Wednesday, November 26, 2008

The Fidelity Files by Jessica Brody

Some of you may remember that Jessica Brody stopped by a couple months ago with her latest release The Fidelity Files...but Jessica is one of our newest GCC members. Welcome Jessica! I have the pleasure of hosting her and her fabulous book a second time...





Tell us about your latest release and the inspiration behind it.

The Fidelity Files is the story of a beautiful, L.A. woman who works as an undercover “fidelity inspector,” hired by suspicious wives and girlfriends to test the faithfulness of the men in their lives. Except no one in her life knows what she does. Her friends and family all think she works for an investment bank.

Before I became a full-time writer, I worked in a very corporate environment. And like all corporate jobs, there were a certain number of “alcohol-related” events that I was expected to attend. I would often find myself at work happy hour functions in nearby bars, observing the interactions between single and non-single co-workers as their behaviors gradually declined from professional to something else entirely. Something hardly capable of being described as “appropriate.”

Witnessing these “indiscretions” upset me on a profound level. I secretly wished that someone would tell the “conveniently” absent significant others about what their husbands/wives/boyfriends/ girlfriends/fiancés really did while attending these “obligatory” and supposedly “uneventful” work functions. But I certainly wasn’t going to be the one to do it. I was brave enough to think it…but not exactly brave enough to go knocking on people’s doors with bad news. You know what people tend to do to “the messenger.”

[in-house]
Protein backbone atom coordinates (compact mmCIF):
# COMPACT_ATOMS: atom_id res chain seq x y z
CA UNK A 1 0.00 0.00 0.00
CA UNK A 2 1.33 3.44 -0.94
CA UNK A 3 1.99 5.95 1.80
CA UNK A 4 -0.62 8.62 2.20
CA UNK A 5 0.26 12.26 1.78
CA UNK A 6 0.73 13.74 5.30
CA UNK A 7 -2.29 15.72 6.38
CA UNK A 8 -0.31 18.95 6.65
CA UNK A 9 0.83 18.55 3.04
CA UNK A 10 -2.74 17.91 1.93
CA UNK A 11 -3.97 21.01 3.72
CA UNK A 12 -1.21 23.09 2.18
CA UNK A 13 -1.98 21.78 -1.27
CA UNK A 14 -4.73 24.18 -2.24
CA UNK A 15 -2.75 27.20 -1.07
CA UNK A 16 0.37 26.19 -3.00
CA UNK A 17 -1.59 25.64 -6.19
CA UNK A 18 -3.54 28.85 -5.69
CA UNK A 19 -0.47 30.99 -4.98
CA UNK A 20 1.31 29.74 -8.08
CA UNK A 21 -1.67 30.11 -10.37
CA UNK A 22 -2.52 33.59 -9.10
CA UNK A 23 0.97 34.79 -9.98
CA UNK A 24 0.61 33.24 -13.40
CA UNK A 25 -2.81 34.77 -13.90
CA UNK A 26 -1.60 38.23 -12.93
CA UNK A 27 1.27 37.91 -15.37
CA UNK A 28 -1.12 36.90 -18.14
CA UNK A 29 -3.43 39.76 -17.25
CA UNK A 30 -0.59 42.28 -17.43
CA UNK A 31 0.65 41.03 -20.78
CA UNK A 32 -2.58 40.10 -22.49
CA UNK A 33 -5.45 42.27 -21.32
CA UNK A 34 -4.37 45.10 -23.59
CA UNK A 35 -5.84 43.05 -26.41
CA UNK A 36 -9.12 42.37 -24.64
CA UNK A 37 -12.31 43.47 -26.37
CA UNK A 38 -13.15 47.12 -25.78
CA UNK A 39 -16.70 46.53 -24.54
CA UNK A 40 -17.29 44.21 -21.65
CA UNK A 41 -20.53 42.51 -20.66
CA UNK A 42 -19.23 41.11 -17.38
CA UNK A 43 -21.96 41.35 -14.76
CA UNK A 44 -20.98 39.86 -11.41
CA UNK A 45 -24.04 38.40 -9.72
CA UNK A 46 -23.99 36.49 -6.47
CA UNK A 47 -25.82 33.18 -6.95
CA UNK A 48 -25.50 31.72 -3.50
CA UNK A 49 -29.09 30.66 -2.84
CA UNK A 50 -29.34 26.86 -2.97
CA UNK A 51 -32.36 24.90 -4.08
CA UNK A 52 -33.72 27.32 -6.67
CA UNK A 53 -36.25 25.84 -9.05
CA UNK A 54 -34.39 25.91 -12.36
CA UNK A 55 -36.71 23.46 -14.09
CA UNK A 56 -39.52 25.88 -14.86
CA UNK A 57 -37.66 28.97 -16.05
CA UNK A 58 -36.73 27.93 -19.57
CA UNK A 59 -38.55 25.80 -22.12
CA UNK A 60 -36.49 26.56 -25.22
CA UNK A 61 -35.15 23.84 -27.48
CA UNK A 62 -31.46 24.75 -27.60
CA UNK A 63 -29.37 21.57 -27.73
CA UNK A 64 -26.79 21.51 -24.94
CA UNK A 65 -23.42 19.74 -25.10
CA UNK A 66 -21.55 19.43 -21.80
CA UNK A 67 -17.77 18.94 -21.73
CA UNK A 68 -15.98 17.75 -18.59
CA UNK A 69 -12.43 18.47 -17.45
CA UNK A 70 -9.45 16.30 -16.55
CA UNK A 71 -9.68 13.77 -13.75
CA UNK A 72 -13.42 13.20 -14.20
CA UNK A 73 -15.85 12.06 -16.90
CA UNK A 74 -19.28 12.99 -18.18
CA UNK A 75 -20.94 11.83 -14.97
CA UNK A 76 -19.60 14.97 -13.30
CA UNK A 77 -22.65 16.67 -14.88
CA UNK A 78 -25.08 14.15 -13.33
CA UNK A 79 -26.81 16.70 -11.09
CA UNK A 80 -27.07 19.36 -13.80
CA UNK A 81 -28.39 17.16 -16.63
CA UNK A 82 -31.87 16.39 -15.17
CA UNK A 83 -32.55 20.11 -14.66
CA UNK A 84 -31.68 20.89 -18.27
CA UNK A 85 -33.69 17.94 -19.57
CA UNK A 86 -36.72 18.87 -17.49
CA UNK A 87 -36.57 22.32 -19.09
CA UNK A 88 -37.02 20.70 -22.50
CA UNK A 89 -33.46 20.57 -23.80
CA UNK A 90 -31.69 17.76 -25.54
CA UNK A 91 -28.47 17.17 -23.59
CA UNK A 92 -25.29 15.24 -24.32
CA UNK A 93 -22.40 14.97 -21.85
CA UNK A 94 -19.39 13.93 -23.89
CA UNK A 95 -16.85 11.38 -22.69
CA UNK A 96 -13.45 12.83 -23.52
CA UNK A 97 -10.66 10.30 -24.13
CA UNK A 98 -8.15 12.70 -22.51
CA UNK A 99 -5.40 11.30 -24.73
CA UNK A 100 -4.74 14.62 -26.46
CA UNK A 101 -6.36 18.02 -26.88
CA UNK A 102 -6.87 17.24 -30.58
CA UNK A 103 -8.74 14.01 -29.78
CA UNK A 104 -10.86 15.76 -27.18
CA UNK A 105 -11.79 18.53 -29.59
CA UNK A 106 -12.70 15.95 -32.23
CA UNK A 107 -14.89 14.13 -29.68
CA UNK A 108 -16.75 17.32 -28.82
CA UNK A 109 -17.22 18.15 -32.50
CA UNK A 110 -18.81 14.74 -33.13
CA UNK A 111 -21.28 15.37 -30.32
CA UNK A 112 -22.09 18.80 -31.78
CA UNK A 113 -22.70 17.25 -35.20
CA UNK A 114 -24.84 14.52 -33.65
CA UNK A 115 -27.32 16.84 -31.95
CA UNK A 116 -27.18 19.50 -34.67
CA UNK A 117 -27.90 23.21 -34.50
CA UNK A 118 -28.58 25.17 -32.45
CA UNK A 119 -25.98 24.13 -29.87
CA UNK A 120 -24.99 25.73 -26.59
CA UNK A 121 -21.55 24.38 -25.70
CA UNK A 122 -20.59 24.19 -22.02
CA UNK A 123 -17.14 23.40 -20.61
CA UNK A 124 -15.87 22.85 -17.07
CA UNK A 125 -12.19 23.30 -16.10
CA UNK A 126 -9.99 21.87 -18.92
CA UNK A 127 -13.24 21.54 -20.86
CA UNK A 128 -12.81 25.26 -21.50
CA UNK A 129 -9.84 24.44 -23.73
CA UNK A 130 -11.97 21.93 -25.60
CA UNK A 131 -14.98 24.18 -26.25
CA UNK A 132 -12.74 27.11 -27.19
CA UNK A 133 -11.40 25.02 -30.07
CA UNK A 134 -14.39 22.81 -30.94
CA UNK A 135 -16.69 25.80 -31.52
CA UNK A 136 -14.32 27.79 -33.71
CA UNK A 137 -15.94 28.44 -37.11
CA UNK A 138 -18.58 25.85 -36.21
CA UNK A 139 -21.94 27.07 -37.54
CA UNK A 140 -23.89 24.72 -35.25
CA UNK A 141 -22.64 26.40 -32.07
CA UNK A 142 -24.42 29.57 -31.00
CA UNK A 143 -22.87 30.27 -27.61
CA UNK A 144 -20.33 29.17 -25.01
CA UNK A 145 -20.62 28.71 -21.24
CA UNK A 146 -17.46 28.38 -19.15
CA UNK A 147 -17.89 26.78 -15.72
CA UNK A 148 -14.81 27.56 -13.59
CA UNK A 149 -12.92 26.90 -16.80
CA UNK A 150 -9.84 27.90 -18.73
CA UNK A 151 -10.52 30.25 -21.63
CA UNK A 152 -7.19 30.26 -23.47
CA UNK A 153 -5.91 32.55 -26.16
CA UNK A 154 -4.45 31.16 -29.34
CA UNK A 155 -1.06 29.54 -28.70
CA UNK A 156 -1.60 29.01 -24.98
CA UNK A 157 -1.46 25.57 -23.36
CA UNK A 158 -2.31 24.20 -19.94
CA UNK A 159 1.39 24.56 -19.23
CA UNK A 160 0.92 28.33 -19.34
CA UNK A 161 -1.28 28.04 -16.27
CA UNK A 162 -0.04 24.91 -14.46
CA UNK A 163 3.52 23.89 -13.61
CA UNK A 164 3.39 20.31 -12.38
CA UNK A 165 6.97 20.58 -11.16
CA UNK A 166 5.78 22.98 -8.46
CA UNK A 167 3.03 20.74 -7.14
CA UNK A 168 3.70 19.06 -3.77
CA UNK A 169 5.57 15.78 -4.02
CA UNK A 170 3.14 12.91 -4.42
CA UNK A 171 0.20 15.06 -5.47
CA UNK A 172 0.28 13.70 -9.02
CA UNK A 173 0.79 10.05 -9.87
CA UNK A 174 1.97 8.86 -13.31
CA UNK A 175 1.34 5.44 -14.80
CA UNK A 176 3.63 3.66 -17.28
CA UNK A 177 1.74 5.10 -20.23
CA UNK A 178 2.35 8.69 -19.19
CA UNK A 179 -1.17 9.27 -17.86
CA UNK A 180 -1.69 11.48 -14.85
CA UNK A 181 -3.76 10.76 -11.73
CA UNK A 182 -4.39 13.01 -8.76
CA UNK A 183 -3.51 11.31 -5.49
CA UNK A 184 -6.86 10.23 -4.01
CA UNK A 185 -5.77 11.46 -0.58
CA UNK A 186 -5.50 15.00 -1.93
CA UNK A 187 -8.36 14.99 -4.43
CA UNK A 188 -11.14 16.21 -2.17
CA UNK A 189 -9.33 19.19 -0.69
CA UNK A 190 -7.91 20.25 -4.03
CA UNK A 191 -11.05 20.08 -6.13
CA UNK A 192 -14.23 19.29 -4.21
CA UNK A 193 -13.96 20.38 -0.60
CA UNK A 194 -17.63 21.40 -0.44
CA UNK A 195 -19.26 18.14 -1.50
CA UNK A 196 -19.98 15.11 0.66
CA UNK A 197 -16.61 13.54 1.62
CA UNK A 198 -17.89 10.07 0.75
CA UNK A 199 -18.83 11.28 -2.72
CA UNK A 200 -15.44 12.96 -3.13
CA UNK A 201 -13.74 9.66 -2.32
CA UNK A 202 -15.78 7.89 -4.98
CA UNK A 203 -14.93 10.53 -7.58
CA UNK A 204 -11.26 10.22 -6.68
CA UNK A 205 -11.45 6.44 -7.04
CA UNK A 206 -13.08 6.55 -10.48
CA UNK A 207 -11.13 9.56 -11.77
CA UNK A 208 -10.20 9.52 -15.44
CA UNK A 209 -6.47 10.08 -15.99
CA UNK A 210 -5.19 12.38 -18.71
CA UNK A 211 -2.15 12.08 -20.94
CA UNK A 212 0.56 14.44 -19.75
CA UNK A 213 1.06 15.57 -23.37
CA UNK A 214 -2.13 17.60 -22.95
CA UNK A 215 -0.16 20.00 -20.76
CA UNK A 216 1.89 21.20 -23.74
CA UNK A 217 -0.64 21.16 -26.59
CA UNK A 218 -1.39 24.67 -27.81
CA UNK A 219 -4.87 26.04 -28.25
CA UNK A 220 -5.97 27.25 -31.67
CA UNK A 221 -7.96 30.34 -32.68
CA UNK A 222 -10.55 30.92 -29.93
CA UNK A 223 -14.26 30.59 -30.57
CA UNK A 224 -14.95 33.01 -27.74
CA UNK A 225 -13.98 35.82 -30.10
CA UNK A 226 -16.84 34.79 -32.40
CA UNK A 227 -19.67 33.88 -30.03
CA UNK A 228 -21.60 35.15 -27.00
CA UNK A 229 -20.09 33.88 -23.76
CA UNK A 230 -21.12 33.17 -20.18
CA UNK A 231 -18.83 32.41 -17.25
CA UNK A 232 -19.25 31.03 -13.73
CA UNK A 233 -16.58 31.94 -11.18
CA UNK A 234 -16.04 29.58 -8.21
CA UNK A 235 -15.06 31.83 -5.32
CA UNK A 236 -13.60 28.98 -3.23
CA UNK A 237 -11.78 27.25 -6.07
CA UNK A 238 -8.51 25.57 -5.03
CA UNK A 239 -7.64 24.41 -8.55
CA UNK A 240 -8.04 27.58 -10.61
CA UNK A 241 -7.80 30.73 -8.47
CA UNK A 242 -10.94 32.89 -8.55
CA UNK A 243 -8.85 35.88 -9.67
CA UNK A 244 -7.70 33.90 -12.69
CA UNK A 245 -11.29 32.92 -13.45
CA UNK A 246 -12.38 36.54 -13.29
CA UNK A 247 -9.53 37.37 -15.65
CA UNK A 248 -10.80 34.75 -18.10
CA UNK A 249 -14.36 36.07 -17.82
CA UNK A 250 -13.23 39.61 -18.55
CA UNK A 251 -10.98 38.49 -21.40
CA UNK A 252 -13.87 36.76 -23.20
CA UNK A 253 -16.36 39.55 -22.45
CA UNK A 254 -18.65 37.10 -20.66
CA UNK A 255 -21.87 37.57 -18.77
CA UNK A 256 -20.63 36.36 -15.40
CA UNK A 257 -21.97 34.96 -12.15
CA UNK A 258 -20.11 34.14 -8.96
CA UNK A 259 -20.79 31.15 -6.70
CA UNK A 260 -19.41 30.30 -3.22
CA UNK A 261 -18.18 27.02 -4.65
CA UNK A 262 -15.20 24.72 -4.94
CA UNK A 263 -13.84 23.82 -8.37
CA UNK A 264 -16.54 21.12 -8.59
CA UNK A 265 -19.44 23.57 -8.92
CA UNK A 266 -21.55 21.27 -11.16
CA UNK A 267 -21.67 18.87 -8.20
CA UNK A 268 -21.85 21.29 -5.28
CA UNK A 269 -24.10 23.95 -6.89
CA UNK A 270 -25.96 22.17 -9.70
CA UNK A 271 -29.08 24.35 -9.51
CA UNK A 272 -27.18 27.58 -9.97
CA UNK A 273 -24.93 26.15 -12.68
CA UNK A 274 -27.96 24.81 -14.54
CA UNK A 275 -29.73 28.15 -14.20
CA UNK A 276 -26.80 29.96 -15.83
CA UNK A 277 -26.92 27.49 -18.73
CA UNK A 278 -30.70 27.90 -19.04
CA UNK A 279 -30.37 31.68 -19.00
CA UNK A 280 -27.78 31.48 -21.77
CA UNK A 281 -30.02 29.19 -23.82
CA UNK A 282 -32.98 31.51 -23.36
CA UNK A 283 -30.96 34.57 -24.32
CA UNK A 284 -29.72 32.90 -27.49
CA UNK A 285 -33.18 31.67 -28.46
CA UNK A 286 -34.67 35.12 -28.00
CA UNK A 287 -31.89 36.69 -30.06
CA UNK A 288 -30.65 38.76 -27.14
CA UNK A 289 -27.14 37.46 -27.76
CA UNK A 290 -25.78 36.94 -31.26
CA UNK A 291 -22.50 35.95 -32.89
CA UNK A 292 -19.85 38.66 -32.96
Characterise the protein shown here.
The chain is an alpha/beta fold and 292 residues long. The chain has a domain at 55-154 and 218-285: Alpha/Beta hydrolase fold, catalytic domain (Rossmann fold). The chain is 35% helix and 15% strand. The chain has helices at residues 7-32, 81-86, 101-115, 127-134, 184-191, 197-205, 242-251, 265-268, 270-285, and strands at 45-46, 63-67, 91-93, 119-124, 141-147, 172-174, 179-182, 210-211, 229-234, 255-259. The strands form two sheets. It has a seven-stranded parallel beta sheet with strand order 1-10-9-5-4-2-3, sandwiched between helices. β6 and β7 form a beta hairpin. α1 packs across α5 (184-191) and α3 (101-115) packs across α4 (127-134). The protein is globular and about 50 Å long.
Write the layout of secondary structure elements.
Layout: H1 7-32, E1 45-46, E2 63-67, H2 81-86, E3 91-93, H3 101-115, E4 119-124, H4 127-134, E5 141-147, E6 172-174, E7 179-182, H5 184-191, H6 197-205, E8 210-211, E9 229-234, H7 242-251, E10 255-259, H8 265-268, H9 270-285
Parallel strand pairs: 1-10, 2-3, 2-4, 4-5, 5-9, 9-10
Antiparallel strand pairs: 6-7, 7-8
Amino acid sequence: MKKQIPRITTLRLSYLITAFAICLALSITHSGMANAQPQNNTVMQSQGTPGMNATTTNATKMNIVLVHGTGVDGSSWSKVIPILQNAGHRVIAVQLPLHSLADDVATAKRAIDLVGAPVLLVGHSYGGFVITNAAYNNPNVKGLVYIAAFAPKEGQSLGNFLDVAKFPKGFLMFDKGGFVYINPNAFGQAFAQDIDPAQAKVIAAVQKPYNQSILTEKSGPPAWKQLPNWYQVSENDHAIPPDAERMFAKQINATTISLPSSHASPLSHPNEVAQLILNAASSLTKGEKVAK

So instead I created a character whose job and purpose in life was to do just that. To reveal the truth to anyone who wanted to know. To knock on all the doors that I never had the courage to knock on. An invincible superhero-esque woman whose quest is to fight against the evils of infidelity. But of course, she soon finds out…she’s not as invincible as she once thought.


What's been your biggest surprise about getting published?

How LONG it takes for a book to hit the shelves! Holy cow! I was a young woman when I sold that thing. I really wasn’t expecting it to take that long. I thought six months maybe, nine tops. But from the time I got the publishing deal to the time it was actually available in stores was 19 months! And I recently sold a YA novel to another publisher and that one is going to take 24 months to release. I’m still not entirely sure why it takes so long but that was definitely an unpleasant surprise. Especially for someone like me who get frustrated when it takes longer than ten seconds for music to download.


Do you write from a character or from a plot idea?

I’m definitely more driven by character. I like thinking up interesting characters with intriguing back stories and then forming a world around them. Like, “Wouldn’t it be cool if there was a story about a woman who tests men’s fidelity for a living?” Then I go forward from there. “What would her life be like?” And “What kind of interesting things would happen to someone like that?”


Tell us about your writing process. Do you outline or are you more organic?

The writing process is very random for me. It all depends on the day. Because I tend to be equally right and left brained, sometimes I feel as though the writing process is just a constant struggle (or sometimes clash) between the two sides of my brain to come up with a consistent way to write a novel. I write outlines, because my analytical side tells me it’s the right thing to do, but then halfway through the story, I come to the conclusion that I only write outlines so that I’ll have something to deviate from. I create complicated spreadsheets (a nod back to my days as a strategic analyst) for my storylines and page counts and pacing only to abandon them halfway through. And yet, despite this seemingly random chaos, it all feels perfectly natural to me. As if it was designed specifically for a purpose. So I suppose, my lack of a defined process is a process in itself.